Taylor Swift becomes the latest catalyst for male paranoia

Inside Taylor Swift's PDA-filled pre-birthday celebration with Travis Kelce, his........

Taylor Swift’s latest accolade has, for lack of a better word, triggered some men. And it exposes a broader problem.

The male ego: bold as brass, fragile as glass.

It was tested again, this week, by Time Magazine’s perfectly innocuous decision to name Taylor Swift its “person of the year”. To which the reasonable response was: OK, goodo, who cares? And the unreasonable response, as embodied by the internet’s forever swelling army of performatively insecure men, was to throw a tantrum that would shame the stroppiest toddler.
Taylor Swift becomes the latest catalyst for male paranoia

“It’s shameful and sad that a hyper-promiscuous, childless woman, ageing and alone with a cat, has become the heroine of a feminist age,” fumed Eric Conn, host of – and I do promise I am not making this up – the Hard Men podcast, whose stated mission is to “reclaim biblical masculinity in a world of softness”. Sweet Jesus.

(Hang on is she hyper-promiscuous, or is she alone with a cat? Those are contradictory insults mate, you need to pick one.)

“What’s happening with Taylor Swift is not organic,” said former White House adviser Stephen Miller, as though complaining about a deceptively advertised pumpkin at the local grocery store.

End Wokeness, a Twitter account which sounds like it must be a parody but in fact has millions of quite credulous followers, denounced Swift’s “cult-like” fanbase and accused the media of “feeding it” with nefarious motives.

“Music. Entertainment. Sports. Now they crowned her person of the year,” it said.

“The next step? Politics. If you don’t think the regime has plans to weaponise her just in time for 2024, you clearly have not been paying attention.”

The regime! Is going to “weaponise” her! You can really picture it, can’t you – doddery old Joe Biden hunched over the Resolute Desk, scribbling a letter to Tay: “I’ve got a blank space (in my nuclear arsenal) baby, and I’ll write your name.”

The word that springs to mind here is “paranoia”. Far too much of male culture, in this age of Andrew Tate and other misogynist, overcompensating weirdos, reeks of it.

It’s a complex cocktail: a mix of victimhood, conspiratorial thinking, joylessness, insecurity, fear of emasculation, probably a dash of whiskey, and another nebulous ingredient we might call chronic dumbassery.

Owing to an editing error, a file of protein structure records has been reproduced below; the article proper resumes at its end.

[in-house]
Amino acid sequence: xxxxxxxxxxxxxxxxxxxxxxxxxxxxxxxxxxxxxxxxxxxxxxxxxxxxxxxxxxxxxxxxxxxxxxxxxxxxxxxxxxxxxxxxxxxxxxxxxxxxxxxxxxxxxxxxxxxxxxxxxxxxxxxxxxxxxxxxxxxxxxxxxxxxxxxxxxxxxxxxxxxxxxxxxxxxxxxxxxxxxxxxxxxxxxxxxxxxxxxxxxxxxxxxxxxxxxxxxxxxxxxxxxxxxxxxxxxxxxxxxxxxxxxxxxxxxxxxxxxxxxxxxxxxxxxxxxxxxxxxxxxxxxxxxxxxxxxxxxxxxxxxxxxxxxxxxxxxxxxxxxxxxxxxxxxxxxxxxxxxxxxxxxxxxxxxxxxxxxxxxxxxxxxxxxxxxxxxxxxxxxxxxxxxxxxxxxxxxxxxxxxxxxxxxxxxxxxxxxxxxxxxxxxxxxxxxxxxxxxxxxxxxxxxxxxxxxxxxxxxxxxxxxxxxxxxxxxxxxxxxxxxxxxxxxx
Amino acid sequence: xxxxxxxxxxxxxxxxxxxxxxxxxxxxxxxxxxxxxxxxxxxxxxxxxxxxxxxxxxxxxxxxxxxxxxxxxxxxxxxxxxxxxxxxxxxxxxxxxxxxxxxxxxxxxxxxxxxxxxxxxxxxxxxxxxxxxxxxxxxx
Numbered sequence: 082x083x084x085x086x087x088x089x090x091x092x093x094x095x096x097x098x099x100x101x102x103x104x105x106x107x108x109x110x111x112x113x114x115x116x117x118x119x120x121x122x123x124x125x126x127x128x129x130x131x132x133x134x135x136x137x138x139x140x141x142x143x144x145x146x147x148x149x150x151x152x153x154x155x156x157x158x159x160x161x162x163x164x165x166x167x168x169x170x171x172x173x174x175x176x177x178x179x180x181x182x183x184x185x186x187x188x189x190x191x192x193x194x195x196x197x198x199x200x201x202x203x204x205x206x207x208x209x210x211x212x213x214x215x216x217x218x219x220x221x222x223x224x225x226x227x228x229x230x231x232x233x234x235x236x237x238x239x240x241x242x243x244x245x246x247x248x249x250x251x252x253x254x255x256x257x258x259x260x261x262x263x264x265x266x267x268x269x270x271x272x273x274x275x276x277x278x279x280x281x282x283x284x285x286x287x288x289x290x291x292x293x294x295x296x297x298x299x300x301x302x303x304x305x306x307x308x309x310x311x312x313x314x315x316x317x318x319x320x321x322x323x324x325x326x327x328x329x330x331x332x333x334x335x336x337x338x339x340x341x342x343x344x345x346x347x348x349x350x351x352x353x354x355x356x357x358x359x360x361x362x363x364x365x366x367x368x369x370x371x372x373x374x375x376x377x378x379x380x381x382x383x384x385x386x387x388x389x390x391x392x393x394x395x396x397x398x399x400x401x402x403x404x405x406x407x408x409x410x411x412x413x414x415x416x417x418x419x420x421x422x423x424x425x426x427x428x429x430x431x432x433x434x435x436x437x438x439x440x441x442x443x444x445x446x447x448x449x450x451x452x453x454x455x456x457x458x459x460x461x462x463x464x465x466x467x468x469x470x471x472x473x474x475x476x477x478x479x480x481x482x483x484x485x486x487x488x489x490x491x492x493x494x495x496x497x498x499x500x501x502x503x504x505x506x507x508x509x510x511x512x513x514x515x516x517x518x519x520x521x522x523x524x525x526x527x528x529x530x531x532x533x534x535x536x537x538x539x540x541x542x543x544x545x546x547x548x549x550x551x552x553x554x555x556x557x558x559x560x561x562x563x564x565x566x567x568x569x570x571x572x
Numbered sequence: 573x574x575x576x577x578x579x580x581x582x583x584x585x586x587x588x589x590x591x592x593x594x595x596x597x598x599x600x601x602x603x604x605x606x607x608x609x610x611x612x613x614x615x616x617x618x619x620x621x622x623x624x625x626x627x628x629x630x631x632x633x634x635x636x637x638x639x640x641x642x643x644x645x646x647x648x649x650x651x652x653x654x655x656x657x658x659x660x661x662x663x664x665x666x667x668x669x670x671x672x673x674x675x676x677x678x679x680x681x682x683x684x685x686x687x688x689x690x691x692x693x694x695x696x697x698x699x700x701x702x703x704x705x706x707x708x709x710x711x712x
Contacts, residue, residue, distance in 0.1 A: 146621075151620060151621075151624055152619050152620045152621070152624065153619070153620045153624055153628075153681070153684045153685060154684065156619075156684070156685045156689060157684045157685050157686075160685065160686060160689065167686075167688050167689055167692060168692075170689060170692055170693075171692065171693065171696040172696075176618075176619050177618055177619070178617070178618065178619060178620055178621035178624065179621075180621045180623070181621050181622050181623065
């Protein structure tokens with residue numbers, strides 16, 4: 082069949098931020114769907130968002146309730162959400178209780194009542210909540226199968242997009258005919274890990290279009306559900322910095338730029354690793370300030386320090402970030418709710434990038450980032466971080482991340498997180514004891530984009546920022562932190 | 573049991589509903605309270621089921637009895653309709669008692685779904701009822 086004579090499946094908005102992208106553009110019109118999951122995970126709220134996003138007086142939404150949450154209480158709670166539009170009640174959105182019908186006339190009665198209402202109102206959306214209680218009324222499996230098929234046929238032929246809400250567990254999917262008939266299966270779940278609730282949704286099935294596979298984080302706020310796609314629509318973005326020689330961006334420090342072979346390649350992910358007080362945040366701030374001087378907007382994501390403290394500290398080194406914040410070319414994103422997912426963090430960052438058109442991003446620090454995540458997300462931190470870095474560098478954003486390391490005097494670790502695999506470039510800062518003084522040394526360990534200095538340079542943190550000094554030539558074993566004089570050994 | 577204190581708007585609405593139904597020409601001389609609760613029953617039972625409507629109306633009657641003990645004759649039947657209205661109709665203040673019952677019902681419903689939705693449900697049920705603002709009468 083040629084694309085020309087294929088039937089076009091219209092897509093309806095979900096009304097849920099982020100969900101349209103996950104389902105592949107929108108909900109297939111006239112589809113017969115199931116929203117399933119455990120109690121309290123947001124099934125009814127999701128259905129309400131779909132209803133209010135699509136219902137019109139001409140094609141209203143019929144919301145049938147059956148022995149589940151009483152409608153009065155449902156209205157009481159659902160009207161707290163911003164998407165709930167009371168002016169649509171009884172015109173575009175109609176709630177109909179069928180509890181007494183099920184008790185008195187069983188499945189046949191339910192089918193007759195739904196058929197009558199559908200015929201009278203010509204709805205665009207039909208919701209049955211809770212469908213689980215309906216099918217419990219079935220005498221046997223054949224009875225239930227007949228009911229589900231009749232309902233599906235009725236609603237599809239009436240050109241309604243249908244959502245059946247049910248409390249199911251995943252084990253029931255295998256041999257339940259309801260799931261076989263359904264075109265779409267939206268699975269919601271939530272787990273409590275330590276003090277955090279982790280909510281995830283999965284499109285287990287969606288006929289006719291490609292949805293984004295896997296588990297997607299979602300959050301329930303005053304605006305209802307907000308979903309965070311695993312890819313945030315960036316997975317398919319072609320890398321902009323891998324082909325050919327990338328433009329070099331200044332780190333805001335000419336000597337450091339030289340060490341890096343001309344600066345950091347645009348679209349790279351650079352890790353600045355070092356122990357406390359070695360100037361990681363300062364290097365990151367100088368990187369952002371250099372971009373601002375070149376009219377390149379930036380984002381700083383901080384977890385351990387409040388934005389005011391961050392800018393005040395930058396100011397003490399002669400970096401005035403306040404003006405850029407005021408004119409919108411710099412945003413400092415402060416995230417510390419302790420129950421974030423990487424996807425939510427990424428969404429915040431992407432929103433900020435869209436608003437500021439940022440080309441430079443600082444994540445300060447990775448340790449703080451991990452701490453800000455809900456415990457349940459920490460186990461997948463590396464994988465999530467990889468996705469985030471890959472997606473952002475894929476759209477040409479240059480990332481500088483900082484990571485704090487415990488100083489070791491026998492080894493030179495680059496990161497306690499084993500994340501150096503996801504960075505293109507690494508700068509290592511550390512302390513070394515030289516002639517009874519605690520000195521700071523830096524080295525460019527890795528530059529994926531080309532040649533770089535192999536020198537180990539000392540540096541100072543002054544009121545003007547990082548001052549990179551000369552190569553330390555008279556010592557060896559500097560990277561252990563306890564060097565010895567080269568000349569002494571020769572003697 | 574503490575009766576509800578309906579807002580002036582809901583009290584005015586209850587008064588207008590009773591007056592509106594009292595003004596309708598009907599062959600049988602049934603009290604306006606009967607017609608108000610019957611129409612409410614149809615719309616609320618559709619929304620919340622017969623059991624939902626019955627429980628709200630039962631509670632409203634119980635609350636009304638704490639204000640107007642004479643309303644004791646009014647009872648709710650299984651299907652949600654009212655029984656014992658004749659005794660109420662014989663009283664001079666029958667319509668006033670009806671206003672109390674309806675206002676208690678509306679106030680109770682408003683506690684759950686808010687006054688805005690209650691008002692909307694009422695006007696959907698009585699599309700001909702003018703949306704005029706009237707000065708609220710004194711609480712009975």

Hence this unhinged umbrage at a pop star getting onto a magazine cover, something which objectively matters less than your decision about what to eat for lunch.

Gentlemen. Take a breath. Listen to yourselves. It’s embarrassing. To quote your new songstress nemesis: “You need to calm down.”

I was positively flummoxed recently to read remarks from Tony George, the headmaster of Sydney’s uber-prestigious King’s School, which exists, at least theoretically, to mould boys into functioning, well-adjusted members of society (preferably with very high ATAR scores).

Mr George told The Weekend Australian boys were victims of “neo-sexism”, were “feeling blamed”, and that it had become “politically incorrect” to let them be boisterous.

“Boys can’t be physical and adventurous and outdoorsy and do manly stuff because it’s politically incorrect,” he said.

“At the moment anything that’s physical gets labelled toxic. Don’t blame boys for being boys.”

To which the only response must be: what on God’s green and increasingly confounding earth is the man talking about? “Boys can’t be physical”? They can’t be “outdoorsy”? They can’t do “manly stuff”? Seriously, what is he talking about?

One wonders which “manly” pursuits, specifically, boys are now so outrageously deprived of. Did the NSW education system ban rugby when I wasn’t looking? Are the poor lads chained to their desks at lunch time, gazing longingly at those pristine sport facilities their parents’ exorbitant fees (and likely some taxpayers’ money) funded?